Harvesting water from air

Go to the profile of Paul A. Kallenberger
May 17, 2018
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The paper in Communications Chemistry is here:

When I started to synthesize materials for thermochemical heat storage in 2014, I was not expecting to end up with a composite that can support fresh water production in arid regions. It soon became clear that the challenge of heat storage with salt hydrates and fresh water production are closer related than expected.

Hygroscopic salts such as CaCl2 can absorb water from air in an exothermic hydration reaction and release the water when the temperature is increased This reversible reaction can be used to store heat, but at the same time it is possible to utilize these properties to facilitate the condensation of water from air.

During nighttime, air is lead through the bulk material and water is absorbed (even at very low relative humidities). During daytime, the material is heated up by solar energy and water is desorbed. The resulting hot and humid airstream is then returned to ambient temperatures and liquid water condenses. No auxiliary source of electricity is necessary for the cooling and condensation, making the process energy efficient and usable in remote regions. Optimal working conditions are regions with low relative humidity and lots of sun, which makes it ideal for regions that face scarcity of fresh water.

The major challenge was to develop a composite material that allows for a bulk application with low pressure loss upon gas diffusion and a high salt content. To overcome this obstacle, we utilized an ionotropic gelation method to incorporate up to 80 wt.-% of CaCl2 into a macroporous alginate derived matrix forming spherical beads. The resulting beads can be used in bulk with the ability to absorb large amounts of water from relatively dry air. Inside the alginate derived matrix, the salt is distributed as small particles preventing agglomeration and therefore the formation of passivation layers, which is a general difficulty in using salt particles in reversibly hydration and dehydration cycles. Moreover, the microporous matrix offers enough pore volume to buffer the volumetric change of the salt during hydration and dehydration, as we were able to cycle the material multiple times without any observable degradation in water uptake/release or fracturing of the composite beads.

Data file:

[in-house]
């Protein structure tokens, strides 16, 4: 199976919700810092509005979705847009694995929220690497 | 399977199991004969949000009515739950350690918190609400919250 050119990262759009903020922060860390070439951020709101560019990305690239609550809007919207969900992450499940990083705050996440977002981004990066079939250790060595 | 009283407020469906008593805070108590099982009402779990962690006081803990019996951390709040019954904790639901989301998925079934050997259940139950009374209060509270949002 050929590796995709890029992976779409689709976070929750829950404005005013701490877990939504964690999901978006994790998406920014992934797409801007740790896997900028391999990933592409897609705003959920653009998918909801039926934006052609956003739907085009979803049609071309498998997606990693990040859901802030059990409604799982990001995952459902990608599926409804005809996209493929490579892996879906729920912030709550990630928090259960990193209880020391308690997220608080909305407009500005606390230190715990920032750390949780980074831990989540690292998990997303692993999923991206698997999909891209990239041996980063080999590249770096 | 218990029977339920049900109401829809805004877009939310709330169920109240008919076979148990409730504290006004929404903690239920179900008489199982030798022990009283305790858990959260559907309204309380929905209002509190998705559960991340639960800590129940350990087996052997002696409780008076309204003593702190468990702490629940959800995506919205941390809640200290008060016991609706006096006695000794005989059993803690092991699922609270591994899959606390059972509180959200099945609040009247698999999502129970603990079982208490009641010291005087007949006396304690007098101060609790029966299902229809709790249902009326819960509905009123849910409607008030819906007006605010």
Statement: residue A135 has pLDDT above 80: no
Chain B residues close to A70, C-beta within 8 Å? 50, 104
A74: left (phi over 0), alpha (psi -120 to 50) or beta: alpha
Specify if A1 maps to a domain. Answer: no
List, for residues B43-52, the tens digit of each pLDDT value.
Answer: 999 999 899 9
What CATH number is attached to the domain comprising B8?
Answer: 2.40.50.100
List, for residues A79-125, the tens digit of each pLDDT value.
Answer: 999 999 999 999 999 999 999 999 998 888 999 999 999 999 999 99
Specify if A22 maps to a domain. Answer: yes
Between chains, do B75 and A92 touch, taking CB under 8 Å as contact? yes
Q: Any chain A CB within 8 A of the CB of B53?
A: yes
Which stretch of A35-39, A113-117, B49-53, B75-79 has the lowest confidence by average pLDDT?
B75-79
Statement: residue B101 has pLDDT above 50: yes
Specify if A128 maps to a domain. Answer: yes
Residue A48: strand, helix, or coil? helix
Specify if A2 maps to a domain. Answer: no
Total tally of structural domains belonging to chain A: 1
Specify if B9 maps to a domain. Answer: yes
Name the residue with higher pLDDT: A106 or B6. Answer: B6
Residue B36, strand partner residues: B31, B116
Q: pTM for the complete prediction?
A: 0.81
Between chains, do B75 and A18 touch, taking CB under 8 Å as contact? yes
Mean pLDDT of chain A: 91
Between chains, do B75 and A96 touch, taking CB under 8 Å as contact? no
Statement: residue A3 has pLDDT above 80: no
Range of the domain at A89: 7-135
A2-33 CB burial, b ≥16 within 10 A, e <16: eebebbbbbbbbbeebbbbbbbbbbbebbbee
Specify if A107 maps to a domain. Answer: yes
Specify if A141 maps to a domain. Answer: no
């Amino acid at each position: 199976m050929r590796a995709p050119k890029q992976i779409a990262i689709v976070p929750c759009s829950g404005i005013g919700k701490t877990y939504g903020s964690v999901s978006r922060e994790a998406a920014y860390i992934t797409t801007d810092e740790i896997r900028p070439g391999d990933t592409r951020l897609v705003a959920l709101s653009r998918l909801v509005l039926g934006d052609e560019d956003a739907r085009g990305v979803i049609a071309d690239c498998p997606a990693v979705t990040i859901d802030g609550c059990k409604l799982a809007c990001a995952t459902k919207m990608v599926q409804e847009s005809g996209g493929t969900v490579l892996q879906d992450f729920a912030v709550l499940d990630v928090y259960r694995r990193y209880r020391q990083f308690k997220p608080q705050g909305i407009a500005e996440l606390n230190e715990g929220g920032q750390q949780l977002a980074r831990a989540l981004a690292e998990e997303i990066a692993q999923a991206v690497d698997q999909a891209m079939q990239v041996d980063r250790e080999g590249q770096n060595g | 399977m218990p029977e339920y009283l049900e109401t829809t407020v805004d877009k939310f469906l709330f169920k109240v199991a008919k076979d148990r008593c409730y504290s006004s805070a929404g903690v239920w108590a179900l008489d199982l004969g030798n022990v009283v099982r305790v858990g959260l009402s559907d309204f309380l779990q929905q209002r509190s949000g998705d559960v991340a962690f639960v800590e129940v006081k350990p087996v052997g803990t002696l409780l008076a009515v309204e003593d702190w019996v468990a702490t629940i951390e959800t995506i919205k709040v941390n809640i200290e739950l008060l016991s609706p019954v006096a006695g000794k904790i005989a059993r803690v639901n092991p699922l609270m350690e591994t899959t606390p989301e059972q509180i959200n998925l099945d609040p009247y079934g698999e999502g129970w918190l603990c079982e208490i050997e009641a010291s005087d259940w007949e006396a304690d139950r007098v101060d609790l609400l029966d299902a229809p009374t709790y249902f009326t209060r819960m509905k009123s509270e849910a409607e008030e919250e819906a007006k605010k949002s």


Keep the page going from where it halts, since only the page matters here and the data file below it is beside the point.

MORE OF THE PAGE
We also modified the reaction conditions and incorporated other salts such as SrCl2 and MgSO4 to potentially allow for other applications, for example the passive control of the relative humidity or, as initially intended, the thermochemical storage of heat.

In the next step, the material has to be tested in a prototype to evaluate the amount of water that can be generated in practical application conditions.

The paper titled “Water harvesting from air with a hygroscopic salt in a hydrogel–derived matrix” can be found here:

Go to the profile of Paul A. Kallenberger

Paul A. Kallenberger

Research associate, University of Hamburg

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